Afghanistan at the Crossroads: Insights on the Conflict
In January, one of every six improvised explosive devices (IEDs) planted in Afghanistan resulted in the wounding or killing of a U.S. serviceman or servicewoman, compared with one in four in August 2010, according to the U.S. Defense Department's Joint IED Defeat Organization. This reduction in effectiveness (though not the number of overall IEDs employed) has been attributed to proactive measures to counter the IED threat — more resources dedicated to route clearance, route surveillance and aerial surveillance, as well as more tips from locals. Though winter is an operational challenge in much of the country, the United States and its International Security Assistance Force (ISAF) allies have attempted to maintain a higher operational tempo throughout the winter months, and the application of additional resources to the counter-IED effort may have had a significant impact. However, the emplacement of IEDs has not slackened since August 2010, with 1,200 to 1,500 planted per month, including through the early winter months. Additionally, dismounted casualties on foot patrols, often due to directional fragmentation charges, have continued to rise — and it is these dismounted patrols that are at the core of the ongoing counterinsurgency-focused campaign, including operations in Helmand and Kandahar provinces. So while route clearance and the full deployment of M-ATVs may be significantly reducing roadside IEDs, front-line troops remain as vulnerable as ever, and IEDs continue to be the insurgents' single most effective weapon. While there have been some optimistic assessments on progress in recent months, the struggle with the insurgents is almost certain to heat up in the spring. U.S. Joint Chiefs of Staff Chairman Adm. Mike Mullen has predicted that violence will rise above 2010 levels, which were the most violent of the war thus far.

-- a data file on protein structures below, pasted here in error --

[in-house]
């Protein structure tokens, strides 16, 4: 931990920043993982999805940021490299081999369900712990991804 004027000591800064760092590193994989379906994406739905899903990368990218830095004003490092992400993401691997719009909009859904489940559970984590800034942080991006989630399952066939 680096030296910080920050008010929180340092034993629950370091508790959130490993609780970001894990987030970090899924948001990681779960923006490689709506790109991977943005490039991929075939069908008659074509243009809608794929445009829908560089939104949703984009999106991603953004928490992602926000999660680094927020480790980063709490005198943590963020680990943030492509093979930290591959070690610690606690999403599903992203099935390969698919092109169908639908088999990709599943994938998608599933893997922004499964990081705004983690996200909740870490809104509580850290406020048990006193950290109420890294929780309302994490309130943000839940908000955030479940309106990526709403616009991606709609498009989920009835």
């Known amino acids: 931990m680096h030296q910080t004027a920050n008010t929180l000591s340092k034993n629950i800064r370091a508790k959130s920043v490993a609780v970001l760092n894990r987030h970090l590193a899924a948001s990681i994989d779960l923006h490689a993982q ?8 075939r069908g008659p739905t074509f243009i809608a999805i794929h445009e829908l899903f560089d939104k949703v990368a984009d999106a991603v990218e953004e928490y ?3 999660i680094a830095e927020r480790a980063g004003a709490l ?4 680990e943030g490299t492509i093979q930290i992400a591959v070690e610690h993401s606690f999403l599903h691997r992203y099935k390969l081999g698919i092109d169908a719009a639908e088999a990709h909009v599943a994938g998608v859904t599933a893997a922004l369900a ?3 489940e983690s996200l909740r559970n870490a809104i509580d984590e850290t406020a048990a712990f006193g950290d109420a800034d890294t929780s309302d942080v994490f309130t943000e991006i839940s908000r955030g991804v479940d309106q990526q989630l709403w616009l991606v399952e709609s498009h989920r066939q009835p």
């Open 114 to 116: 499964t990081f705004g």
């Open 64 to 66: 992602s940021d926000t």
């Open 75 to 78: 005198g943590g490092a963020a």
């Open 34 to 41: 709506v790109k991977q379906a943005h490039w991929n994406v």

Tribal elders have claimed that some 64 civilians were killed in four days of ISAF operations in an isolated district of Kunar province in northeast Afghanistan along the Pakistani border. Both rotary and fixed-wing assets were reportedly involved. ISAF initially claimed that 35 to 40 insurgents had been killed along steep, rugged terrain, but an investigation with both ISAF and Afghan representatives is now under way at the scene. (click here to enlarge image) Though the use of fire and close air support has become more controlled with stricter rules of engagement as part of the counterinsurgency-focused strategy under Gen. David Petraeus, commander of ISAF and U.S. Forces-Afghanistan, the number of airstrikes in the country has increased rapidly to unprecedented rates in the war. New restrictions designed to prevent civilian casualties remain in place, but the more aggressive operational tempo across many parts of the country has led to an increased usage of air power, which carries inherent risks of collateral damage and civilian casualties that can be counterproductive to a counterinsurgency strategy. Unfortunately, whatever the truth of this particular incident, many Afghans will believe the claims of civilian casualties are true. This is a longstanding challenge for the ISAF effort in information operations, a domain in which the Taliban, as a guerrilla force, are naturally more poised to dominate.
On a related note, the Taliban rejected U.S. Secretary of State Hillary Clinton's statement that they cannot defeat the ISAF and that they should reject violence and al Qaeda. The Taliban response emphasized their own ideology — their freedom, independence and common beliefs — in an attempt to reshape broader Afghan perceptions of Clinton's speech. Ultimately, Afghan locals have to make their own choices. Their unease about the durability of the ISAF commitment to the country, as well as the Afghan government's longer-term ability to provide for their safety and security, is a critical factor the Taliban work to emphasize. But the Taliban must also be concerned about what may be increased assistance provided to ISAF forces by locals who have decided to reject the Taliban and support the Afghan government, imperfect though it may be. The question, then, is how the Taliban can reshape perceptions in the year ahead, not simply through creative rhetoric but through their actual efforts and operations.